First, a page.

The Fact and Fiction of Bruce Chilton’s Mary Magdalene

Last week for the Huffington Post, Bruce Chilton, Bernard Iddings Bell professor of religion at Bard College, offered a synopsis of his book Mary Magdalene: A Biography (Doubleday, 2006). Chilton explains that Mary was a common name, which is why the biblical character was associated with a place called Magdala, so that she would not be confused with the other women with the same name. He points out that Jesus’ statement about the tax collectors and prostitutes having a better chance at getting into heaven before the chief priest and elders (Matt. 21:27) has led some to conclude Mary Magdalene worked the oldest profession (albeit the idea stretches credulity beyond the breaking point).

Chilton also mentions legends about the biblical character, such as her sailing on a rudderless ship to France, levitating while she prayed, being Jesus’ concubine according to the Cathars, or having sexual relations with Jesus and conceiving a child, as depicted in faked parchments produced by Pierre Plantard after World War II, which became subject to the popular fiction The Da Vinci Code by Dan Brown (Please seeMary Magdalene’s Modern Makeover and The Da Vinci Code: Revisiting a Cracked Conspiracy” by James Patrick Holding.

Chilton believes Mary Magdalene was the one whom the Lord exorcised demons out of, and identifies her with the women who anointed the Lord at the end of His ministry in Mark 14. There is nothing problematic with these assertions per se; however, red flags are raised with Chilton’s statements about Mary’s encounter with the resurrected Lord being merely a vision. “Mary Magdalene’s vision, precisely because it was a vision in the earliest account (Mark 16) and not the inspection of an empty tomb, placed Jesus in the realm of heaven,” writes Chilton.

The idea of Mary Magdalene having a visionary experience of the risen Lord does not really pan out, particularly in light of the many other eye witnesses to the resurrected Jesus. Paul Maire notes, “The ‘psychological’ or ‘hallucination’ theory would be attractive if only one person had claimed to see a vision of the risen Christ, perhaps Mary Magdalene, who formerly may have had psychological problems anyway. But the disciples were a hardheaded and hardly hallucinable group, especially Thomas. And, if sources have any validity, there would have to have collective hallucinations for different groups of up to five hundred in size, all of them seeing the same thing—a virtual impossibility in the case of a phenomenon that is usually extremely individualistic.”[1] (Please see, “Explaining Away Jesus’ Resurrection: HALLUCINATION The Recent Revival of Theories” by Gary Habermas.) Warren Nozaki, Research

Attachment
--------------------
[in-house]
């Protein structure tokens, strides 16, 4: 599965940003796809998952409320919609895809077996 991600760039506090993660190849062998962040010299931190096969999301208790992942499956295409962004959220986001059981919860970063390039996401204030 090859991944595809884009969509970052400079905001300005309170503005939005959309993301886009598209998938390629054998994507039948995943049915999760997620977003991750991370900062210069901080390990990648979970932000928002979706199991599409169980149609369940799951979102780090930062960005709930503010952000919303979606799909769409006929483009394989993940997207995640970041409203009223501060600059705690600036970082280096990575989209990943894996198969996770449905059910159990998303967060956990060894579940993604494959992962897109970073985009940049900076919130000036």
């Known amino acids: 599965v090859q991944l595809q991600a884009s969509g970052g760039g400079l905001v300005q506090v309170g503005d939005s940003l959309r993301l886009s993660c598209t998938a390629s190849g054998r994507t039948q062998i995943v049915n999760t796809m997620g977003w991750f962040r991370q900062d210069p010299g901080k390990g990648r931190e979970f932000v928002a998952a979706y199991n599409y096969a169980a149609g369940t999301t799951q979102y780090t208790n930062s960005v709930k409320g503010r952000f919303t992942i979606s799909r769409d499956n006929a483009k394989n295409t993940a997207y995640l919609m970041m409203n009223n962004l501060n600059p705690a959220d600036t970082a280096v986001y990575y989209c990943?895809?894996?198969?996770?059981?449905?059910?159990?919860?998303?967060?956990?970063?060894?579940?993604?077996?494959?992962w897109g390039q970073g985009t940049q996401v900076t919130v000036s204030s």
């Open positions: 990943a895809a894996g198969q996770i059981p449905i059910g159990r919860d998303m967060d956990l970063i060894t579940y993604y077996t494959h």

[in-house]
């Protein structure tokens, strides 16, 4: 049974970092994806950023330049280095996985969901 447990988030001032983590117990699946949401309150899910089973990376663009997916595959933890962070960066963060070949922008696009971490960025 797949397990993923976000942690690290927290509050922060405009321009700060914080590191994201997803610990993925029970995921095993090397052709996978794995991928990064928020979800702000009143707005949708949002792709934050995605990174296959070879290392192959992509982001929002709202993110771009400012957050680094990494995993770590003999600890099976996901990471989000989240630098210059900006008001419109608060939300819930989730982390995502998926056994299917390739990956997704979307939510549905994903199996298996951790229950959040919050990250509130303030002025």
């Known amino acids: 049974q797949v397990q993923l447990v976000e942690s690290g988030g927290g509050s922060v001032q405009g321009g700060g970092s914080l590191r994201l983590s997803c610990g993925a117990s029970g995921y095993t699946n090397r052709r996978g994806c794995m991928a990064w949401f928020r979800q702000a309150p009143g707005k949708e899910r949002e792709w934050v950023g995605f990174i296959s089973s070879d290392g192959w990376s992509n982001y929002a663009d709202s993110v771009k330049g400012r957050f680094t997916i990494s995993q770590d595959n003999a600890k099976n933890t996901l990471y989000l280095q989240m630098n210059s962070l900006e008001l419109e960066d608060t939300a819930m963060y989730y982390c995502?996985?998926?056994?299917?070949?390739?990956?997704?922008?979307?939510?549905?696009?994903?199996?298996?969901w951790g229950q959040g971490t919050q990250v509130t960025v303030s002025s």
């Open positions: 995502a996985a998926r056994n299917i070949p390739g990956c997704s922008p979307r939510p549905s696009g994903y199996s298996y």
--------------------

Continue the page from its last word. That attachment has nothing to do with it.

For further study, please consider the following bookstore resources:

In The Fullness of Time


The Resurrection of the Son of God: Christian Origins and the Question of God

The Case for the Resurrection of Jesus

The Historical Jesus: Ancient Evidence for the Life of Christ


1. Paul L. Maier, In the Fullness of Time: A Historian Looks at Christmas, Easter, and the Early Church (Grand Rapids: Kregel, 1997), 196.

Leave a Reply

Your email address will not be published. Required fields are marked *